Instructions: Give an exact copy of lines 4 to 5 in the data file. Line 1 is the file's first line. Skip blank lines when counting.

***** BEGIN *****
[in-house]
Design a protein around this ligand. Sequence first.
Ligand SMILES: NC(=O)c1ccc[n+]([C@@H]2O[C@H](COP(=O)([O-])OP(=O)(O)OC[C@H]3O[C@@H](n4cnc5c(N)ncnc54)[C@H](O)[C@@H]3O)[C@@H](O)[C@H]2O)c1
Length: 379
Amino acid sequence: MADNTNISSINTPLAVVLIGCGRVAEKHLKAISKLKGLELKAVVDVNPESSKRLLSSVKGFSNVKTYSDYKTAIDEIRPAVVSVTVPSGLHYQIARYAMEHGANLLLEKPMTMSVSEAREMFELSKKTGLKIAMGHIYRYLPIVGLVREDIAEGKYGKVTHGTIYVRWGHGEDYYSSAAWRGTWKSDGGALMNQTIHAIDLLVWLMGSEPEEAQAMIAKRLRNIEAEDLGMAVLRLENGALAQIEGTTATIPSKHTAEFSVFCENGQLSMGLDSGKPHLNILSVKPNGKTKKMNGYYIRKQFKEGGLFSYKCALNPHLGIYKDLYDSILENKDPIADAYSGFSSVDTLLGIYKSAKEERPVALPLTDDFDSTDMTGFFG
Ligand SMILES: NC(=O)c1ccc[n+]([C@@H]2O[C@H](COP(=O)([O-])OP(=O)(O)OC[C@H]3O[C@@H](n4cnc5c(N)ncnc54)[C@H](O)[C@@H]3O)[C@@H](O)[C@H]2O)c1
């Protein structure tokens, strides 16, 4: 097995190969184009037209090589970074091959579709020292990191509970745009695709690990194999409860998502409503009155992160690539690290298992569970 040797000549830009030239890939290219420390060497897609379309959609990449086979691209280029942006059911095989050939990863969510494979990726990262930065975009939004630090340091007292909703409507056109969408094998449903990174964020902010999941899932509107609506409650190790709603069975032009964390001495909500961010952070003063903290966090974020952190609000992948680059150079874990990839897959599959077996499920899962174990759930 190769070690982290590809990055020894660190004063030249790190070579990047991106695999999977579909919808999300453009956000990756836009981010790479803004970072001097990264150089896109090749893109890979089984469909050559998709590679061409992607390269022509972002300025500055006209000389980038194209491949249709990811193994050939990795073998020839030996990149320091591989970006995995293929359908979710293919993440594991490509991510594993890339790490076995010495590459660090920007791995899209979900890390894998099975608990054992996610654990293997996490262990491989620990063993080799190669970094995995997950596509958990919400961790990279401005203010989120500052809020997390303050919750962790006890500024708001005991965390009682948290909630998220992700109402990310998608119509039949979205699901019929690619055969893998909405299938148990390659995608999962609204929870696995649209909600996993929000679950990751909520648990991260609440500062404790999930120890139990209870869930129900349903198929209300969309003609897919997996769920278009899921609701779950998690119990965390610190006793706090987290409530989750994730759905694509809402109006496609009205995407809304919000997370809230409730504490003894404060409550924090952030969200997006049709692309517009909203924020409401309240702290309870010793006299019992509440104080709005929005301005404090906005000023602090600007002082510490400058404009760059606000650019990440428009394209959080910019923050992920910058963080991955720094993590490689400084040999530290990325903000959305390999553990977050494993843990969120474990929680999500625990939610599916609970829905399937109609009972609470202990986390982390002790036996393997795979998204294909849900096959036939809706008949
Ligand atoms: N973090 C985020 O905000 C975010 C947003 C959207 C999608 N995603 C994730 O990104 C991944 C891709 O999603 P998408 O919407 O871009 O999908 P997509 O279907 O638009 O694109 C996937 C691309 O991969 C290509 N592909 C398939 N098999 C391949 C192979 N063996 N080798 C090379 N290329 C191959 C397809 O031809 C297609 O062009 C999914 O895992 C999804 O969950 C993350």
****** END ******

Length: 379
Amino acid sequence: MADNTNISSINTPLAVVLIGCGRVAEKHLKAISKLKGLELKAVVDVNPESSKRLLSSVKGFSNVKTYSDYKTAIDEIRPAVVSVTVPSGLHYQIARYAMEHGANLLLEKPMTMSVSEAREMFELSKKTGLKIAMGHIYRYLPIVGLVREDIAEGKYGKVTHGTIYVRWGHGEDYYSSAAWRGTWKSDGGALMNQTIHAIDLLVWLMGSEPEEAQAMIAKRLRNIEAEDLGMAVLRLENGALAQIEGTTATIPSKHTAEFSVFCENGQLSMGLDSGKPHLNILSVKPNGKTKKMNGYYIRKQFKEGGLFSYKCALNPHLGIYKDLYDSILENKDPIADAYSGFSSVDTLLGIYKSAKEERPVALPLTDDFDSTDMTGFFG